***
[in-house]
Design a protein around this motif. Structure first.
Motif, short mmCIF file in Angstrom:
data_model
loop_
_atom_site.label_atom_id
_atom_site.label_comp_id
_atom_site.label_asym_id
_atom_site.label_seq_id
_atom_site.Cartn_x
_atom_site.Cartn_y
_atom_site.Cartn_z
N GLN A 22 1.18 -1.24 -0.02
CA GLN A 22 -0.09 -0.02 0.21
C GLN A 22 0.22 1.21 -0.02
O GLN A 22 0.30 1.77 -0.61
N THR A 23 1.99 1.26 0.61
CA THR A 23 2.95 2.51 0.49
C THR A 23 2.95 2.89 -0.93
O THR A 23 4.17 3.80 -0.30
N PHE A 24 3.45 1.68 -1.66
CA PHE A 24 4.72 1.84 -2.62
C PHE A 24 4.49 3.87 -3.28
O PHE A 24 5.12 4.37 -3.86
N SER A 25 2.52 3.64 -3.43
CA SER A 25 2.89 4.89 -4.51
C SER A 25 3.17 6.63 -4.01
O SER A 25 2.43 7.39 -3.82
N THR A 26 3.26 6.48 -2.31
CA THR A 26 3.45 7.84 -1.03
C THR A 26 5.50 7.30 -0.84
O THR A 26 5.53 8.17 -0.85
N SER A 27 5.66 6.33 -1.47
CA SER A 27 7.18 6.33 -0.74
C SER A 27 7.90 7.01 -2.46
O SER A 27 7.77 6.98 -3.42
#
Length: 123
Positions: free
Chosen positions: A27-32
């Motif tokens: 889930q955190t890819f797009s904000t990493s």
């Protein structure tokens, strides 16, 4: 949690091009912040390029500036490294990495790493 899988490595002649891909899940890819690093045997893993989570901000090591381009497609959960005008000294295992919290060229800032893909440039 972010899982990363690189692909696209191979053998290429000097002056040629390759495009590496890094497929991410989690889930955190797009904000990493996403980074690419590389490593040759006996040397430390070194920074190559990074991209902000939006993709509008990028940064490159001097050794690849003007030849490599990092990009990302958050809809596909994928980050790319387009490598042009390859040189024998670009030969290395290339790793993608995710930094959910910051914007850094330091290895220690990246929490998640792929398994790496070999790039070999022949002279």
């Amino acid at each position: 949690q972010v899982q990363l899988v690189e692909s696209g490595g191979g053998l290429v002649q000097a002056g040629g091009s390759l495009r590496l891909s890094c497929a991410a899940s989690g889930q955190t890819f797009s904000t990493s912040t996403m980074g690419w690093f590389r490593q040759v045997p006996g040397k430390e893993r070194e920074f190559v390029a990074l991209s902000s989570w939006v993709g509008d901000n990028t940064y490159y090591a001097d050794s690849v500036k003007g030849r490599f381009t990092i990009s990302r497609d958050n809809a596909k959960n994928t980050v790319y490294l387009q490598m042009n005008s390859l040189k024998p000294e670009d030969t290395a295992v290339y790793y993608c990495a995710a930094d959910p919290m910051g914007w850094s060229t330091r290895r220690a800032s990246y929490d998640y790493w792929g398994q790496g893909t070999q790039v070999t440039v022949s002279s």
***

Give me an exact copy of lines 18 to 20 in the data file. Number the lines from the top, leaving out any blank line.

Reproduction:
CA THR A 23 2.95 2.51 0.49
C THR A 23 2.95 2.89 -0.93
O THR A 23 4.17 3.80 -0.30